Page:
Commodities Market Impact Weather

Flooding Risk in Northern Plains, Upper Midwest

Elaine Shein
By  Elaine Shein , Associate Managing Editor
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OMAHA (DTN) -- Flood risk from heavy rains in the Northern Plains and Upper Midwest, warmer weather favoring behind-normal crops, and no risk of a hard freeze in the extended outlook are the key weather items for the commodity trade's attention Thursday.

NO DAMAGING COLD WEATHER IN MIDWEST

The DTN Ag Weather forecast calls for near- to above-normal temperatures in the next 10 days to favor crop development, which remains well behind normal in many areas of the Midwest. There is no damaging cold weather indicated for at least the next 10 days. Heavy rains through northwest and north-central areas are generally unfavorable for crops at this late date. Repeated heavy to very heavy rains -- especially with storms going over the same saturated areas -- are leading to flood and flash flood concerns in the Upper Midwest and Northern Plains.

WET IN NORTHERN PLAINS

In the Northern Plains, a turn to near- to above-normal temperatures after the next couple days will favor crop development, which is running well behind normal in many areas. There is no damaging cold weather indicated for at least the next 10 days, although it may cool back to normal late in the period. Heavy rainfall during this week is likely to slow seasonal fieldwork, including the spring wheat harvest.

HOT, DRY TREND IN S. PLAINS

In the Southern Plains, above-normal temperatures and below-normal rainfall during the next 10 days will deplete soil moisture for winter wheat planting. A few fields in southeast Kansas and Oklahoma may benefit from thundershowers Thursday night, but no widespread rainfall is indicated.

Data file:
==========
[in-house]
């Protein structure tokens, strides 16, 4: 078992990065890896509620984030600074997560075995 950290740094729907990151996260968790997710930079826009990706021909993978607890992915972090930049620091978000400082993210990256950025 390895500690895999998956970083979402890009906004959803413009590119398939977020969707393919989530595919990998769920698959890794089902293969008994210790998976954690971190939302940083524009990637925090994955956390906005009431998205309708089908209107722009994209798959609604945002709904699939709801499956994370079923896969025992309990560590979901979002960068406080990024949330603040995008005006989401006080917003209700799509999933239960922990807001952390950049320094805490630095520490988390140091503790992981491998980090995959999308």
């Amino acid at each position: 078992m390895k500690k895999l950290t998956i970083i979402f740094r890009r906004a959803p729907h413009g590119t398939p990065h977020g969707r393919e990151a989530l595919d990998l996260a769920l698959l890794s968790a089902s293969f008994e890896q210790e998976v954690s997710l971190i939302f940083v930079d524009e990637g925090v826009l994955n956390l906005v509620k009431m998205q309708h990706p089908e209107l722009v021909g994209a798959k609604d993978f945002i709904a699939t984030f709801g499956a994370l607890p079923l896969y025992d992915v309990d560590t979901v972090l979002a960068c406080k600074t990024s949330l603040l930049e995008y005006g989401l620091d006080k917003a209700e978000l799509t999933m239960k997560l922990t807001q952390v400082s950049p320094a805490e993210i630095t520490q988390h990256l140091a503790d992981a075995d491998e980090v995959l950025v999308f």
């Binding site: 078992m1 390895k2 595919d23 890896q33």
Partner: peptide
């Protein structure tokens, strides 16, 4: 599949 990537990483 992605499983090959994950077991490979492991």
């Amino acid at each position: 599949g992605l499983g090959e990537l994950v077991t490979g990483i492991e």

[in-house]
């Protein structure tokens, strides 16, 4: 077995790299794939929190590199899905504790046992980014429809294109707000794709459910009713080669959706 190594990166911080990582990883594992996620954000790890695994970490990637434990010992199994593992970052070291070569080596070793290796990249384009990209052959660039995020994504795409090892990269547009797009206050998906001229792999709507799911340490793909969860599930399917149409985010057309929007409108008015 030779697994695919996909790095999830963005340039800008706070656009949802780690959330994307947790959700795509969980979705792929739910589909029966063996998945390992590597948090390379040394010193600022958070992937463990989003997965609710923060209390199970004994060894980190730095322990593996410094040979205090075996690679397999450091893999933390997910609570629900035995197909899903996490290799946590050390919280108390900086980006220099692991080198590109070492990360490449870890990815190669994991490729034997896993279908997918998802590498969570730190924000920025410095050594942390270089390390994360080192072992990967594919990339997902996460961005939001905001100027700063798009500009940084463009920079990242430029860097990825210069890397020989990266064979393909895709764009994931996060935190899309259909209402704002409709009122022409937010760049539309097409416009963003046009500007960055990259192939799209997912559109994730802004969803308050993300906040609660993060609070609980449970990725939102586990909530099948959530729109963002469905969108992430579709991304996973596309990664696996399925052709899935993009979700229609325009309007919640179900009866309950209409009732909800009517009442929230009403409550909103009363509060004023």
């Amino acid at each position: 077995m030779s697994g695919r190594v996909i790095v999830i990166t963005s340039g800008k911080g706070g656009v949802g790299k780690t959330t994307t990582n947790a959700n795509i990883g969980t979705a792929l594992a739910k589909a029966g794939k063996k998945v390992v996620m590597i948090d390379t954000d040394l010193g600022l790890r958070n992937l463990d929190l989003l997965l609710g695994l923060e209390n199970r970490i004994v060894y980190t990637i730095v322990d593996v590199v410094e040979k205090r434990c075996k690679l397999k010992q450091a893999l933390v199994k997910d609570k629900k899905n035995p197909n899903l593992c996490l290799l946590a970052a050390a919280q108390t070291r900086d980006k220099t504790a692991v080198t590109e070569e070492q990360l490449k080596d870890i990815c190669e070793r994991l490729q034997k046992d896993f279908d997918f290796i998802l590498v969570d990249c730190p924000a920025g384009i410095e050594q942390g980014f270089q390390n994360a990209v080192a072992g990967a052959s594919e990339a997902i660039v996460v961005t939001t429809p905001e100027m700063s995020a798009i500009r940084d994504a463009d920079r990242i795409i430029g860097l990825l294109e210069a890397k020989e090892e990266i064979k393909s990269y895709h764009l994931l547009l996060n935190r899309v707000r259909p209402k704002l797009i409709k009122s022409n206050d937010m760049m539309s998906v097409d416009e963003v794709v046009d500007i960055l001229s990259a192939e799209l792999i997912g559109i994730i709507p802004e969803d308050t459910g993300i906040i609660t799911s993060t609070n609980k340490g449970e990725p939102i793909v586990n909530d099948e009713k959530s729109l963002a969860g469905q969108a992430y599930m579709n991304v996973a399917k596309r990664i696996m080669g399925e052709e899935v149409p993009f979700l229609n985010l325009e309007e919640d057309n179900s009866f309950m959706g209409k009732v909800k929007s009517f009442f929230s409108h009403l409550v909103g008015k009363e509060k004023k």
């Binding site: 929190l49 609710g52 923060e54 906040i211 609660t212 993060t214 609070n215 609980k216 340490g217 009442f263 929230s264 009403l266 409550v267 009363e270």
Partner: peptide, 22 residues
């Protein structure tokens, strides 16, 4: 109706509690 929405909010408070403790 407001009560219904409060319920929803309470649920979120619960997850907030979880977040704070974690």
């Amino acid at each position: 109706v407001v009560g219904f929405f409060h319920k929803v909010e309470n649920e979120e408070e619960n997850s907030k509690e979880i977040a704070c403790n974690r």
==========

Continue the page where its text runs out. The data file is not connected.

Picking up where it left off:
COOL, WET IN PRAIRIES

Cool, wet weather this week in the Canadian Prairies will be unfavorable for maturing crops and harvesting efforts, especially through south-central and eastern areas. Crop development will slow due to low temperatures during the next few days, but it should turn somewhat warmer again after that. No major freeze events are expected during the next 10 days, however temperatures may return to readings closer to normal late in the 10-day period.

TROPICAL UPDATE

A trough of low pressure is producing widespread cloudiness, showers, and thunderstorms that extend from the southeastern Bahamas northeastward over the adjacent Atlantic waters. A tropical depression is likely to form as the system moves northwestward at 5 to 10 miles per hour across the Florida Straits and southern Florida, and into the eastern Gulf of Mexico. This disturbance will likely produce periods of locally heavy rainfall and gusty winds across the Bahamas through Friday and across Florida during the weekend.

HOT, DRY FOR CENTRAL BRAZIL

Soybean planting can begin in central Brazil after Sept. 15, weather permitting. The weather is currently dry and quite hot over Mato Grosso. High temperatures of 100 Fahrenheit or higher have been reported. Temperatures averaging above normal with rainfall below normal are likely during the next seven to 10 days.

Elaine Shein can be reached at elaine.shein@dtn.com

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Elaine Shein

Elaine Shein
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